PRO TIP: If you’re finding that your puppy is having potty accidents in the same spot then you may want to check out this more thorough article on  how to remove pet stains and odors.

  • Potty Pads. These are pads with a plastic backing and paper top that is pre-scented to draw the puppy to use them as his bathroom.
    • Generally, I don’t use these because they add another step to train a pup to use the great outdoors as his bathroom.
    • They can be very useful in some circumstances. You might be gone long hours and the pup won’t be able to “hold it” for that long.
    • Some people live in an apartment and the puppy may not be able to hold it on the way out.
    • Or you may have a toy or small breed dog like a chihuahua or Yorkie and intend to use the pads throughout his life.
    • We buy potty pads in bulk from Chewy for our litters, but as mentioned above we don’t normally use them when potty training our pups.
  • Leash, Collar, and Harness. Have sizes that fit your pup and a six-foot leash. The breeder or rescue you obtain the dog from can help you get the right sizes, as can knowledgeable pet store employees.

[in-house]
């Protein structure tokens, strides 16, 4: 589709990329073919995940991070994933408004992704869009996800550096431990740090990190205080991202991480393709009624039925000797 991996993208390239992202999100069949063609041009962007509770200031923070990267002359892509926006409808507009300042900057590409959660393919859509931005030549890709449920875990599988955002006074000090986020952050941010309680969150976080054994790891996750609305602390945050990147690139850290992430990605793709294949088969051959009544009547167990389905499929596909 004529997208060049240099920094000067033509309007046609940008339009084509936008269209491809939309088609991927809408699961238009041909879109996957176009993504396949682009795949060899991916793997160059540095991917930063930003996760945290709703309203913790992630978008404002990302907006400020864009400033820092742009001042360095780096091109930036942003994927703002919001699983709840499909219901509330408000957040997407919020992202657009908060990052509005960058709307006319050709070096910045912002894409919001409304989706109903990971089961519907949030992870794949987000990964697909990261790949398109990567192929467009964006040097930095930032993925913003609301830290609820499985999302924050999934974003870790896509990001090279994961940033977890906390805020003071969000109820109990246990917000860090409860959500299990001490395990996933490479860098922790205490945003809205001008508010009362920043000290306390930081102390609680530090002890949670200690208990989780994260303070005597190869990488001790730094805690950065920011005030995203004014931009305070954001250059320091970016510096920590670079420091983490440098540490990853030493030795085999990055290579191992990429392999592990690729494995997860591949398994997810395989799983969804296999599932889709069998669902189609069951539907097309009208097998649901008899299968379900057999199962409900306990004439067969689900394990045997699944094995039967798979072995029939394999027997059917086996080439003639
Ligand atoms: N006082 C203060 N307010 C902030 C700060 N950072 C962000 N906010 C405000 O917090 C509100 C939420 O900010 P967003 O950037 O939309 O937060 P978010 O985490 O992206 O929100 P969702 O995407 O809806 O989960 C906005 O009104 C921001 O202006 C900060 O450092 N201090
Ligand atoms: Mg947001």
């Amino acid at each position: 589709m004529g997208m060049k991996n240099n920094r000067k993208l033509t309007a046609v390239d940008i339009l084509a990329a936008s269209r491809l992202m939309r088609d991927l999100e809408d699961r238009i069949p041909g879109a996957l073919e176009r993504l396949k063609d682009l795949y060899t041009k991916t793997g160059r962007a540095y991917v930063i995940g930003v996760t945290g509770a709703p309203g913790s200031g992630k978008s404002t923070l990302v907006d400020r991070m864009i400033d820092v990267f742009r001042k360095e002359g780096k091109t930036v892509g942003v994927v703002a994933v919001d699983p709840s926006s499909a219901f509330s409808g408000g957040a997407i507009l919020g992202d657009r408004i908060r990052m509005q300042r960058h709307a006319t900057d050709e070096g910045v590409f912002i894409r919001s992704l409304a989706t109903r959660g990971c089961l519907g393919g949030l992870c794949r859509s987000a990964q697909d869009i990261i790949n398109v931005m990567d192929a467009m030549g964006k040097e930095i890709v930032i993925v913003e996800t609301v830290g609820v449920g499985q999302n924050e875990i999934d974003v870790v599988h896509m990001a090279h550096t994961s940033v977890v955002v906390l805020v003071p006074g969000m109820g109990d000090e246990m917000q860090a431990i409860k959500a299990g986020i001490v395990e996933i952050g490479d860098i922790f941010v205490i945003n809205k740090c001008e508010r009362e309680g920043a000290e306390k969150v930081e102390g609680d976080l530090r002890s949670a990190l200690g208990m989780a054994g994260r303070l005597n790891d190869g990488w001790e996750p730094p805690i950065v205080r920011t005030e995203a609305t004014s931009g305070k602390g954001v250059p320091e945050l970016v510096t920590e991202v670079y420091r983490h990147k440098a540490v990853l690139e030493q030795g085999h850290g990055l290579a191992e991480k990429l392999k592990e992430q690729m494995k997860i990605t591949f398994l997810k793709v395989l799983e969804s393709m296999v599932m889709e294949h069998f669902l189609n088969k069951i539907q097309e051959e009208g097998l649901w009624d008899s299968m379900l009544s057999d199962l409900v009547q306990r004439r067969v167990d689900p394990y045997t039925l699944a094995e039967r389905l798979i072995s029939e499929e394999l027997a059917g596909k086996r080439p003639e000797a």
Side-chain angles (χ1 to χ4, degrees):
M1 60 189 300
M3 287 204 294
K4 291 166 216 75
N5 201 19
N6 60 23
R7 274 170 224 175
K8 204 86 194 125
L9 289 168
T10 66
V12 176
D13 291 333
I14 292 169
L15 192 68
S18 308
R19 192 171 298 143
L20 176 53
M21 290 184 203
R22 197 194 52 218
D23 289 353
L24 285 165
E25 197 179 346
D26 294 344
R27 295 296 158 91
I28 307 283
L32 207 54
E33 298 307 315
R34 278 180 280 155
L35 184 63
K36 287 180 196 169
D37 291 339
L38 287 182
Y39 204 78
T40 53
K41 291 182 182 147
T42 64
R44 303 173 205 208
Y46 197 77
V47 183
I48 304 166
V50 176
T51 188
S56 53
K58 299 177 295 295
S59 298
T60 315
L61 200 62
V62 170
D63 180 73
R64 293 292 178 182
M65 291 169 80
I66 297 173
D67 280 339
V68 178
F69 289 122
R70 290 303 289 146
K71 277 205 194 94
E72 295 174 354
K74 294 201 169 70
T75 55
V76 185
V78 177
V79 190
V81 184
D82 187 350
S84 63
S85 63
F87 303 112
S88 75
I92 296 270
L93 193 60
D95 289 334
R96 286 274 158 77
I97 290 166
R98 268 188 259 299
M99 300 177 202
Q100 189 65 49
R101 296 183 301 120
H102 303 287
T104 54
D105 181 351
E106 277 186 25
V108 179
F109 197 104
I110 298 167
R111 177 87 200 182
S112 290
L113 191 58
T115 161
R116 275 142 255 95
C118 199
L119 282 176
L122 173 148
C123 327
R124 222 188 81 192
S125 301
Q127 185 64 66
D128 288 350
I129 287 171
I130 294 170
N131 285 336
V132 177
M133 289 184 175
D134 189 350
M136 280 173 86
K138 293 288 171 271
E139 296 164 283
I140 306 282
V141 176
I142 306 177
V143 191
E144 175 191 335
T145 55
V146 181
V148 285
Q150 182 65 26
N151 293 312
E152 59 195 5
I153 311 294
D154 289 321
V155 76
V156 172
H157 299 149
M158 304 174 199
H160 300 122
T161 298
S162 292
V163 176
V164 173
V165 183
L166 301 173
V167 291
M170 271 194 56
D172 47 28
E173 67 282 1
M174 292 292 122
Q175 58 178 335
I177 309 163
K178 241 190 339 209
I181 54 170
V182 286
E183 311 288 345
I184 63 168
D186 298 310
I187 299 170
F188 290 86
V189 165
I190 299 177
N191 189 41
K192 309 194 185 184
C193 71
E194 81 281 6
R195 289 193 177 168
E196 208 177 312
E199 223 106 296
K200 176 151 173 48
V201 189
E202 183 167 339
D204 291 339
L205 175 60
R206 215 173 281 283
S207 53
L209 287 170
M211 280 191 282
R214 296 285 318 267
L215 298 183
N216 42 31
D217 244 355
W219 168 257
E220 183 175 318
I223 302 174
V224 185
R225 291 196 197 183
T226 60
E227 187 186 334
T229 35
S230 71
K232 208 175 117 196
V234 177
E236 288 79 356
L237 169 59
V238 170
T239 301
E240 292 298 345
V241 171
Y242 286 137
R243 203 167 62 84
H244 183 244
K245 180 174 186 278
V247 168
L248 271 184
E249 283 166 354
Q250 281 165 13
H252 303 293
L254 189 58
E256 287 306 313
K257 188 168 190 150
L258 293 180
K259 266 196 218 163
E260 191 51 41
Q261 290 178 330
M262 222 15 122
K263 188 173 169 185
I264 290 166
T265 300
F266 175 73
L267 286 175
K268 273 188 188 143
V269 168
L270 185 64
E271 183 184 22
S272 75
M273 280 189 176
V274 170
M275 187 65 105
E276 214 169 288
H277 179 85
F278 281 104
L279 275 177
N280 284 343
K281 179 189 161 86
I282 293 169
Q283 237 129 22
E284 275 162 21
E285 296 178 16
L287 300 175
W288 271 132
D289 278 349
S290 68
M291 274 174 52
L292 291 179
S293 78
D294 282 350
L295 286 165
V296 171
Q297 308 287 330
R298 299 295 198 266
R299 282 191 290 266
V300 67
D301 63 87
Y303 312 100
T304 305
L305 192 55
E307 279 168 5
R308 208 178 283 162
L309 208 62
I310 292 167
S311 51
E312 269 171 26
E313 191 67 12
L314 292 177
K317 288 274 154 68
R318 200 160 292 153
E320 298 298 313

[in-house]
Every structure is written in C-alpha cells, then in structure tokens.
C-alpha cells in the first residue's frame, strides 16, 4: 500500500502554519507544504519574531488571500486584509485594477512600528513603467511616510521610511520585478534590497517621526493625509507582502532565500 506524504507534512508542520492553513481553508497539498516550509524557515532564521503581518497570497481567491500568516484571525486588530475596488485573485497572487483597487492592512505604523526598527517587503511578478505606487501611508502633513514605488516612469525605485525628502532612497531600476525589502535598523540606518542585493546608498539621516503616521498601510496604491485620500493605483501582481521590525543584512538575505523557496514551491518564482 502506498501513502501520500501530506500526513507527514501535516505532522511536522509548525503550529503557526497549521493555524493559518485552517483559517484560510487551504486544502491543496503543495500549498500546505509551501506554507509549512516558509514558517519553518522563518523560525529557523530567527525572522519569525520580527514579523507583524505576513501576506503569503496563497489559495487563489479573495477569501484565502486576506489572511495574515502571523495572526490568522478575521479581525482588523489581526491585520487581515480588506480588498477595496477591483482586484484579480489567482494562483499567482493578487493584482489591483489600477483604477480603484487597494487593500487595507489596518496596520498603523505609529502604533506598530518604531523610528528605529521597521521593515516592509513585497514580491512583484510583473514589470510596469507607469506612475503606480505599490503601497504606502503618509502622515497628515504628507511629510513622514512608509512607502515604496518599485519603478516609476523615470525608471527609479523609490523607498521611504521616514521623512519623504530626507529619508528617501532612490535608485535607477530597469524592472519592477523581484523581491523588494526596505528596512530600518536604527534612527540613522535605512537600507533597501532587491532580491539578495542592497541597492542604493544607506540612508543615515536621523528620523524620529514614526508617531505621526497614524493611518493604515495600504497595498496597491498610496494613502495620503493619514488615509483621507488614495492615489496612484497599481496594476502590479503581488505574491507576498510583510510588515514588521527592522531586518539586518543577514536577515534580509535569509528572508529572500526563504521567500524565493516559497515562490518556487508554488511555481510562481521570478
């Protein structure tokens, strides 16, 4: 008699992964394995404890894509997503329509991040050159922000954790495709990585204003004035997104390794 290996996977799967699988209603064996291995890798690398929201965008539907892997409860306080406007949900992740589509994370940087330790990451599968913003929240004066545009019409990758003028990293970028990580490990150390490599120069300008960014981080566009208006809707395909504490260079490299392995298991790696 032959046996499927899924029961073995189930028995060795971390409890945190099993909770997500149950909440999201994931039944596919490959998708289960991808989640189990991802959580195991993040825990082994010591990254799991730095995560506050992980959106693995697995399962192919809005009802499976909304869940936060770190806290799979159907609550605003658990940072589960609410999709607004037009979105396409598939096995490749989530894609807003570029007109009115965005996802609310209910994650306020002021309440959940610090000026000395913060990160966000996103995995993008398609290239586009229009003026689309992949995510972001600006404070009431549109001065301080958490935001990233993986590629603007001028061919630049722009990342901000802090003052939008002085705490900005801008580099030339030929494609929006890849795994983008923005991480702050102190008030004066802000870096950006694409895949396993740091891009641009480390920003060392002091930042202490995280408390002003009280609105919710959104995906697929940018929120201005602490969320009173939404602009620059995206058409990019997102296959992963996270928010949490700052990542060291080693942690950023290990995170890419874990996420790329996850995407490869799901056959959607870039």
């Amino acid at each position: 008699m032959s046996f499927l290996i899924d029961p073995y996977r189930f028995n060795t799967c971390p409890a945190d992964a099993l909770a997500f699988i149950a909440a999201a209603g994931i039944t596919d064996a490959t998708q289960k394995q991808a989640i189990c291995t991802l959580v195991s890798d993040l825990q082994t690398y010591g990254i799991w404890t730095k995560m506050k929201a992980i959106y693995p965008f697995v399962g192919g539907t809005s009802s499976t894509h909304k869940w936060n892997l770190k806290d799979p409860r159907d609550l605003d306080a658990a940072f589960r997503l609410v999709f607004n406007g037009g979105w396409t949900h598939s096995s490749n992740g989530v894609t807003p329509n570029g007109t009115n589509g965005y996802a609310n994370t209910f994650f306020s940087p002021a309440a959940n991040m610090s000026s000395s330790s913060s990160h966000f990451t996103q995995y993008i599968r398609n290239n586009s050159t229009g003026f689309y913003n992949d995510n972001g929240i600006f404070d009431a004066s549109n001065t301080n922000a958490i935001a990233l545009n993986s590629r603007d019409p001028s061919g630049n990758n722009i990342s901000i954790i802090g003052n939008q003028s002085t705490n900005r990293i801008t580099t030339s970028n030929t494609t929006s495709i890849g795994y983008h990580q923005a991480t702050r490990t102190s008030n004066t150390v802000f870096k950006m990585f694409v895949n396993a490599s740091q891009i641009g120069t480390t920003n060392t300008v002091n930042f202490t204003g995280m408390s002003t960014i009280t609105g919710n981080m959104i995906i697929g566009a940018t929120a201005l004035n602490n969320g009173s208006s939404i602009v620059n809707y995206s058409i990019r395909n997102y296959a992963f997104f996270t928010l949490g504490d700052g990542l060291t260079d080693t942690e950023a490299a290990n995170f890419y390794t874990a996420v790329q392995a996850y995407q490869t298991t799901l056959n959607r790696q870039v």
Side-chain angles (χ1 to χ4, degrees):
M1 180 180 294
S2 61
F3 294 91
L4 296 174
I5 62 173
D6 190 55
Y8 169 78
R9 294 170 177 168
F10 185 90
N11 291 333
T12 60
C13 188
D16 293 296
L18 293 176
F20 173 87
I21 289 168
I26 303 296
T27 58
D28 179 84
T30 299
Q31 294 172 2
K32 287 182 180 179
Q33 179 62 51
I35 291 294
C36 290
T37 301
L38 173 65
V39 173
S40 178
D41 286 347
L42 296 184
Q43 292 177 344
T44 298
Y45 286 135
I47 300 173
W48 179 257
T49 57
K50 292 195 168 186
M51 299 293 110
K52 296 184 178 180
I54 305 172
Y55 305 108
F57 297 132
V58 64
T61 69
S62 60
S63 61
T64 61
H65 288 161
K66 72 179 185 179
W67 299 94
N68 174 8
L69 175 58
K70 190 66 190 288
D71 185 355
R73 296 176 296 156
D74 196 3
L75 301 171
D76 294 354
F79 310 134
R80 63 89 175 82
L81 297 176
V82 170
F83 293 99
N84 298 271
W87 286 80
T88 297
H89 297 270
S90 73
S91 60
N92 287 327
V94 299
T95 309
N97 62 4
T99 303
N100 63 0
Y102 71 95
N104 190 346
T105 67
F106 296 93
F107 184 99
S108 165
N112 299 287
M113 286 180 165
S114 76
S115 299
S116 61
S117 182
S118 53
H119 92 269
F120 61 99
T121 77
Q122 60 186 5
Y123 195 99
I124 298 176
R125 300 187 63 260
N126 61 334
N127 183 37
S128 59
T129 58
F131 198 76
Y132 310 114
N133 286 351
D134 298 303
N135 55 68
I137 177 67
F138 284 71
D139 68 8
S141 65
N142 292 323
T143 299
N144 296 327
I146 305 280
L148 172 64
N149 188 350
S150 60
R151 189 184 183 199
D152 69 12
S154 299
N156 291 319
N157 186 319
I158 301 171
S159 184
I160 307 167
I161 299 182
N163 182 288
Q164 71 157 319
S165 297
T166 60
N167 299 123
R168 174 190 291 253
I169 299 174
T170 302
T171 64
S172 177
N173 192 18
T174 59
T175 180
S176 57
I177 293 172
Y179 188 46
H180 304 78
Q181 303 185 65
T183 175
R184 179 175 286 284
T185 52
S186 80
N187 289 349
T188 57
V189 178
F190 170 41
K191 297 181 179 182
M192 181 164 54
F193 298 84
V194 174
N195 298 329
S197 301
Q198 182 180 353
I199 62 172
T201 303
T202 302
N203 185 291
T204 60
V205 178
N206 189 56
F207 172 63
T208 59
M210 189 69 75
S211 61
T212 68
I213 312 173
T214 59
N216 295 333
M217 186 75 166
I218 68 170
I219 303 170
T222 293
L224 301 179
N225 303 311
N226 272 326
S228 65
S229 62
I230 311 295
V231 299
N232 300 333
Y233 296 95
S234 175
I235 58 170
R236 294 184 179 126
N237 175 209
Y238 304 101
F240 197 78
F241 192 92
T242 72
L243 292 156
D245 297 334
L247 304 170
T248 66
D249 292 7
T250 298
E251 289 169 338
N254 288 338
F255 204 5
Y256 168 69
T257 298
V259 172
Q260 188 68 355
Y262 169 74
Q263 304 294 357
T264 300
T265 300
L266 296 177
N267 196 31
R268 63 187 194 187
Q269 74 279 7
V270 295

• You’ll also want some sort of ID for the pup. I order an embroidered collar with the dog’s name and telephone number to keep on him when he’s out of his crate.
    • I don’t leave a collar on when he’s alone in his crate or exercise pen because it can catch on the grill or door. Safety first.
  • Water and Food Bowls. They should be sized for the puppy. What a Mastiff needs as an adult and as a puppy are very different.
    • I prefer stainless steel because they last forever and are easy to clean.
  • Bitter Apple. This is a chew deterrent that can help save your precious chair leg. Always test on an inconspicuous spot before using.
  • Puppy Exercise Pen. The name is misleading. It isn’t like a puppy treadmill. It’s a containment area that keeps the puppy safe.
    • It’s larger than a crate. They come in wire, plastic, or cloth. I prefer wire or plastic, so the pup can’t chew through them.
    • They can be set up with a play area and a potty area with a potty pad for when you’ll leave the pup for longer times than he can hold his pee or poop.
    • It can also be used as a safe containment area.
  • Grooming Tools. Depending on your puppy’s coat, you’ll need certain grooming tools, such as a slicker brush, a greyhound comb, ear cleaner, and a brush. Ask your breeder or rescue group what they recommend.